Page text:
Mono makes headway on the Linux desktop

David Worthington
July 15, 2009 —  (Page 1 of 3)
Mono—the open-source runtime for .NET applications—is stealing some of the thunder from Java applications for the Linux desktop. Recent Linux distros have featured new .NET consumer applications that run under Mono. Part of the reason is that the distributions contain up-to-date Mono development tools, while their Java tools are obsolete.

"We have seen a real spike in Mono [application] development for the Linux desktop over the last two to three years," said RedMonk analyst Stephen O'Grady. He cited Mono applications, including the Banshee music player, the GNOME Do desktop search tool, and the Tomboy note-taking application as examples of Mono applications that have no Java counterpart equivalent in popularity.

The Mono project is an open-source implementation of the Common Language Infrastructure (CLI), a technology that was created by Microsoft and subsequently standardized by ECMA and ISO International. Microsoft supports the Mono effort with technological assistance.

When it comes to desktop Linux applications, "Mono is clearly more popular than Java. I've been using desktop Linux as my primary desktop for three to four years, and use just a handful of Java apps day to day," O’Grady said.

If Mono is succeeding, its success appears to be limited to the Linux desktop. "While it's certainly true that Mono has been used to write some nice applications, I have seen very little usage of it among independent developers outside the Linux desktop community. It's also worth noting that many of the high-profile Mono applications are written and maintained by Novell," said Ian Murdock, Debian founder and vice president of emerging platforms at Sun Microsystems.

"That's a pretty classic platform strategy: Try to get your platform broader distribution (in this case, integrated into the GNOME desktop) by creating compelling applications that require it," he added.

There’s no good data on how many consumers or developers have installed Mono. The software project team collects some data about package installations on Debian and Ubuntu, but Mono project leader and Novell vice president Miguel de Icaza believes that the data is skewed because tracking is opt-in only. "We publish the source code, and then people redistribute it in packaged form, and we have no way of tracking its use."

Related Search Term(s): Java, Linux, Mono

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07/15/2009 02:58:38 PM EST

this article is *so* much better than the original. thanks for listening to the criticism of the previous one. by the way, a very effective use of mono outside of the Linux environment is for unity3d, an exceptional 3d games development system. they use mono to run on windows and macosx, and they can cross-target the wii and iphone also using mono.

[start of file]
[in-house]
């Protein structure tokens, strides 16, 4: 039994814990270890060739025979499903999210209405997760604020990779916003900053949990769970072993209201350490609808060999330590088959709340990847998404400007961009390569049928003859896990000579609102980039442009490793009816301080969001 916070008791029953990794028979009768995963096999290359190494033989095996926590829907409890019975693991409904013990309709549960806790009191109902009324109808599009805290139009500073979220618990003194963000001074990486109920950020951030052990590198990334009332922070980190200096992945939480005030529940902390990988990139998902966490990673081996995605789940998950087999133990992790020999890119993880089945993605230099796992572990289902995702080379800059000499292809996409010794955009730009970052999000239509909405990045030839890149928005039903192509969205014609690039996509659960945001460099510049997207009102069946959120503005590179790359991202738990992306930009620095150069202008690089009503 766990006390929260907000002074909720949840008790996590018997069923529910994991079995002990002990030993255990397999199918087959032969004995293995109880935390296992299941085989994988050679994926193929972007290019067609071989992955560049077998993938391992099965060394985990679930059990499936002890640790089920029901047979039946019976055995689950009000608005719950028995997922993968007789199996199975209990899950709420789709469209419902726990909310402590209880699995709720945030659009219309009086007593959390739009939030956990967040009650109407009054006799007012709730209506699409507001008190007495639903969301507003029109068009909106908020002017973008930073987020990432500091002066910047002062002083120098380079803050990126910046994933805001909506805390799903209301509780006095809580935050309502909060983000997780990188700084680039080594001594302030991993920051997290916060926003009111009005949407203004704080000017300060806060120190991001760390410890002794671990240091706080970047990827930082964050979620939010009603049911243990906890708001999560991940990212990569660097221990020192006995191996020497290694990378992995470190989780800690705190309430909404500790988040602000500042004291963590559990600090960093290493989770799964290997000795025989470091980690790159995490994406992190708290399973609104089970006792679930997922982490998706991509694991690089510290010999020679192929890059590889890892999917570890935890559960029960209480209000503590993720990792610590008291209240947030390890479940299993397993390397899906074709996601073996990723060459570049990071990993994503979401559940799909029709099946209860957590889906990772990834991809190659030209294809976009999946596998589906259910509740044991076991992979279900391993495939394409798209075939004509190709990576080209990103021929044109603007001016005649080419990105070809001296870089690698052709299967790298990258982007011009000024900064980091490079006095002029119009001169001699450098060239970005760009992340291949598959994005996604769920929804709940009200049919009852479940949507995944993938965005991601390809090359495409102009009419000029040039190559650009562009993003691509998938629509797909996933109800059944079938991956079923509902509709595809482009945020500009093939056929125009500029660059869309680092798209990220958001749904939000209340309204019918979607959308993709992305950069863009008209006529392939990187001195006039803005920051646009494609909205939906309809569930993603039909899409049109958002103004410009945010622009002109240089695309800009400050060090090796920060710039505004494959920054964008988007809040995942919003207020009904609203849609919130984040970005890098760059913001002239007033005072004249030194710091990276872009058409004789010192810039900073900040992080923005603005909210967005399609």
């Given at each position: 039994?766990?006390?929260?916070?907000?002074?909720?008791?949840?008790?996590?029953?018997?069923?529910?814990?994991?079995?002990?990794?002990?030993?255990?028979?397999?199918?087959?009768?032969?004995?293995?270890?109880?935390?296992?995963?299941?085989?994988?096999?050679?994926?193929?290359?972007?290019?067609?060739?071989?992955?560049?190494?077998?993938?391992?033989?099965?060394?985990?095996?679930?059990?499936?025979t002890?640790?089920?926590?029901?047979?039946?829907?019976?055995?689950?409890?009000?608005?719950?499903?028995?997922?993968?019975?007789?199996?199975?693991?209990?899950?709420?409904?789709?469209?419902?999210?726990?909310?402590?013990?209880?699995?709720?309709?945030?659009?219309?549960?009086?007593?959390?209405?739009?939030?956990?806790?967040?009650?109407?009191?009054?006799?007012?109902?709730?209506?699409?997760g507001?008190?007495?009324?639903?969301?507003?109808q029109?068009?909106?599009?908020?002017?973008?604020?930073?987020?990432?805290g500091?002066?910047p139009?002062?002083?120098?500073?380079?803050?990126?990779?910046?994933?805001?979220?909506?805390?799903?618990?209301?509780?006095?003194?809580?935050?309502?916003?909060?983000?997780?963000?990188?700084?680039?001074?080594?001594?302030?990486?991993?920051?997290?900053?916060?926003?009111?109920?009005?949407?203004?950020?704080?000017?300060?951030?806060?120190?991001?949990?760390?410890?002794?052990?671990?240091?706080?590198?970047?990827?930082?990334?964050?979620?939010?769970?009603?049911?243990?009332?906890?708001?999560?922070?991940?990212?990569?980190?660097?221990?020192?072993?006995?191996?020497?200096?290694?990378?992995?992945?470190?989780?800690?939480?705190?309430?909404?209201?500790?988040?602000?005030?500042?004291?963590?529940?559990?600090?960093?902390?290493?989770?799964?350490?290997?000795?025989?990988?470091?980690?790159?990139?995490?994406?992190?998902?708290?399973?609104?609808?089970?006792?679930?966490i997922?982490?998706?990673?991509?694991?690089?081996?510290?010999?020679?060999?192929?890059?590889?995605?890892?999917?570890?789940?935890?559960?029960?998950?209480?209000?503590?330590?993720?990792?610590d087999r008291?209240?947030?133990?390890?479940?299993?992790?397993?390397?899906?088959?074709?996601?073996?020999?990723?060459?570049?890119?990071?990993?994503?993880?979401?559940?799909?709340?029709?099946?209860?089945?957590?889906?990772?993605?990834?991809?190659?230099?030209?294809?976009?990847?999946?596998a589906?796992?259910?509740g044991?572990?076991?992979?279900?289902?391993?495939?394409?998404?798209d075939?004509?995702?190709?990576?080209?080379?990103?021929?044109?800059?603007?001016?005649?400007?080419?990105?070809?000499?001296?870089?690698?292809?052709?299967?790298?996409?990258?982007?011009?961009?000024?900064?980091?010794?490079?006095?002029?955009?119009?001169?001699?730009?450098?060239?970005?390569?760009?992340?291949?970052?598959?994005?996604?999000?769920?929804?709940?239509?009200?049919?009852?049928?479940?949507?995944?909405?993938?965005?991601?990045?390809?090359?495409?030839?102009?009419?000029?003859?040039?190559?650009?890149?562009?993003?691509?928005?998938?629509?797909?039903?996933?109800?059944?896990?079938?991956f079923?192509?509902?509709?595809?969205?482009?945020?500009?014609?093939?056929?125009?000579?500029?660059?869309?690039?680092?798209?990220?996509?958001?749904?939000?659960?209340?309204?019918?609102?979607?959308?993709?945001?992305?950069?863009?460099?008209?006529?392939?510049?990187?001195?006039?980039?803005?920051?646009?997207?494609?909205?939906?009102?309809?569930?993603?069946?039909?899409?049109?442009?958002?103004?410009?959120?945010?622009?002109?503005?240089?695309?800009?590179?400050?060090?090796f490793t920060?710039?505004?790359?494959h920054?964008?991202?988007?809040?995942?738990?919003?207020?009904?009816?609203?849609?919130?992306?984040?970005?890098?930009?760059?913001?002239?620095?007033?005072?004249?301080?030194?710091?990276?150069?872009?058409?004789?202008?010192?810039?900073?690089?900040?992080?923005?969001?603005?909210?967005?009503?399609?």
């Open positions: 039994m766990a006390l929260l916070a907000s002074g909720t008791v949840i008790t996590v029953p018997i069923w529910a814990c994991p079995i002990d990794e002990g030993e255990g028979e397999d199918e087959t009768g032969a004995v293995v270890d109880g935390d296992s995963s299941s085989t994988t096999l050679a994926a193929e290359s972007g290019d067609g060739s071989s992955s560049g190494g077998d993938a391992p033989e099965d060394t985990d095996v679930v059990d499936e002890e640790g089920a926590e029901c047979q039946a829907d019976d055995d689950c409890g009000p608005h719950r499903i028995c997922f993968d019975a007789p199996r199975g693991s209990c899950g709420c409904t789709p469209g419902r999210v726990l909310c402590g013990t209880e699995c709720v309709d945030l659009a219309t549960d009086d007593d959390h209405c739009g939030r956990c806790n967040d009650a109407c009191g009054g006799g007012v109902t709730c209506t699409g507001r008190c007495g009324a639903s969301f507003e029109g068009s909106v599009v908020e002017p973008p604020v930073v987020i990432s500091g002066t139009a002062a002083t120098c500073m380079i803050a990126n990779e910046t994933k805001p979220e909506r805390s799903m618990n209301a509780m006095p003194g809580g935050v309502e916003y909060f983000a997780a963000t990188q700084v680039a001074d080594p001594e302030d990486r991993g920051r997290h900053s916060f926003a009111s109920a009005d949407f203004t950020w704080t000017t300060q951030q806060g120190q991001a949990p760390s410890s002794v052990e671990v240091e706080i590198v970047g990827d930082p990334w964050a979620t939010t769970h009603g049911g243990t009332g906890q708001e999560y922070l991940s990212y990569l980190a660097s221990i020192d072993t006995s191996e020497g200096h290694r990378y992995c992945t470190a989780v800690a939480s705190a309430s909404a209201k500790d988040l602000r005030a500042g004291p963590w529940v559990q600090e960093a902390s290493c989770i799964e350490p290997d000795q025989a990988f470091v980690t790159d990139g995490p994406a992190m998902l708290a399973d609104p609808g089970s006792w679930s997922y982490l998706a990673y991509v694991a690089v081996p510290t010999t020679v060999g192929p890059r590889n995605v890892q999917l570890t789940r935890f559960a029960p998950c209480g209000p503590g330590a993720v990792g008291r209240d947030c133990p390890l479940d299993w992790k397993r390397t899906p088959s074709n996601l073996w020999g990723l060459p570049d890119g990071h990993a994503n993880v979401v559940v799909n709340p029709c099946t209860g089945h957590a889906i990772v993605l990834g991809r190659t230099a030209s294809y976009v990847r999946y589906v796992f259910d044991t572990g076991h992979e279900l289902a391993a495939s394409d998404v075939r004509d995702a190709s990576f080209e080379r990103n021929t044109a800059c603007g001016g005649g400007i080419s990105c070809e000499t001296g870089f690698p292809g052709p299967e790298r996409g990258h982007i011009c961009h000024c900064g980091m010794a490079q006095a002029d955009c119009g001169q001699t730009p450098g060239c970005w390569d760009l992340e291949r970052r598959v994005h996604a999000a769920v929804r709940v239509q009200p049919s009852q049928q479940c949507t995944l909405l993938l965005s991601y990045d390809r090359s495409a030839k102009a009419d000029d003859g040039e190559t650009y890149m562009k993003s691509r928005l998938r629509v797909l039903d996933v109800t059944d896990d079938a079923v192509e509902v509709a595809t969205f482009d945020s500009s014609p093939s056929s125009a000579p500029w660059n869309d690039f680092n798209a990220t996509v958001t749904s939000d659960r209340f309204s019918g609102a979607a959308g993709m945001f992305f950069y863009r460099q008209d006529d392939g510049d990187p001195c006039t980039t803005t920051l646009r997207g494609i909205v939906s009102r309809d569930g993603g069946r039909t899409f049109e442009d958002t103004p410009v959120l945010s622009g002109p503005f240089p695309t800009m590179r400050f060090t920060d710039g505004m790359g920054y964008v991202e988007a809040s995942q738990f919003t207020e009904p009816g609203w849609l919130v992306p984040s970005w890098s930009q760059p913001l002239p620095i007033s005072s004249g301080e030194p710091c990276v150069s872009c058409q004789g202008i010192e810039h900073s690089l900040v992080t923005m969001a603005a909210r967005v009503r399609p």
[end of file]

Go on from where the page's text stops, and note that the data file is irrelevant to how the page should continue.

United KingdomAndrew McVeigh

07/15/2009 11:53:00 PM EST

Linux Desktop is not GNOME and also includes others like KDE, XFCE, LXDE, IceWM etc. Your article is highly misleading when it says that Mono makes its way on the "Linux Desktop". I challenge you to come up with *any* Mono app in these desktop environments. The best programming framework for Linux is Qt/C++. Try comparing Mono/.NET with Qt/C++ and you're gonna see that Mono/.NET/C# falls flat on its face. I believe you can also look up and to know on what constituents the "Linux Desktop". Besides, you seem to compare Java and Mono...however majority of the newer applications written for the GNOME desktop happen to be on Python.

IndiaAnshul Jain

07/19/2009 04:24:07 AM EST

It would be good to see competition for Java from a vendor that's committed to supporting Linux/Unix. I am not sure if mono is getting real traction or is just noise. A search for jobs asking for the following skills shows mixed results, except for c# and mono with Linux. (Just being in the same job description doesn't mean the language will be used on Linux) on (meta job search) linux AND mono - 0 linux AND c# - 414 linux AND python - 528 linux AND c++ - 1,717 linux AND java - 1,537 linux AND sql - 2,387 on linux AND mono - 0 linux AND c# - 53 linux AND python - 152 linux AND c++ - 382 linux AND sql - 409 linux AND java - 532 on linux AND mono - 0 linux AND c# - 8 linux AND java - 47 linux AND sql - 73 linux AND python - 281 linux AND c++ - 490 on linux AND mono - 0 linux AND c# - 18 linux AND python - 21 linux AND sql - 74 linux AND java - 81 linux AND c++- 87

United KingdomPeter Lawrey

07/22/2009 11:55:47 AM EST

Flat out wrong. Out-of-date tools? You point out that the official repo version of Eclipse is way out of date, which is true, but you fail to mention that most Eclipse users just use the manual download/install version like they do on Windows/Mac, which has always been 100% mainted, supported, and up-to-date. Also NetBeans has very recent versions in the repo plus bleeding edge manual download/install versions. The premiere Mono apps you can come up with are Banshee and Tomboy? A rinky-dink note taking app and a dime-a-dozen music player?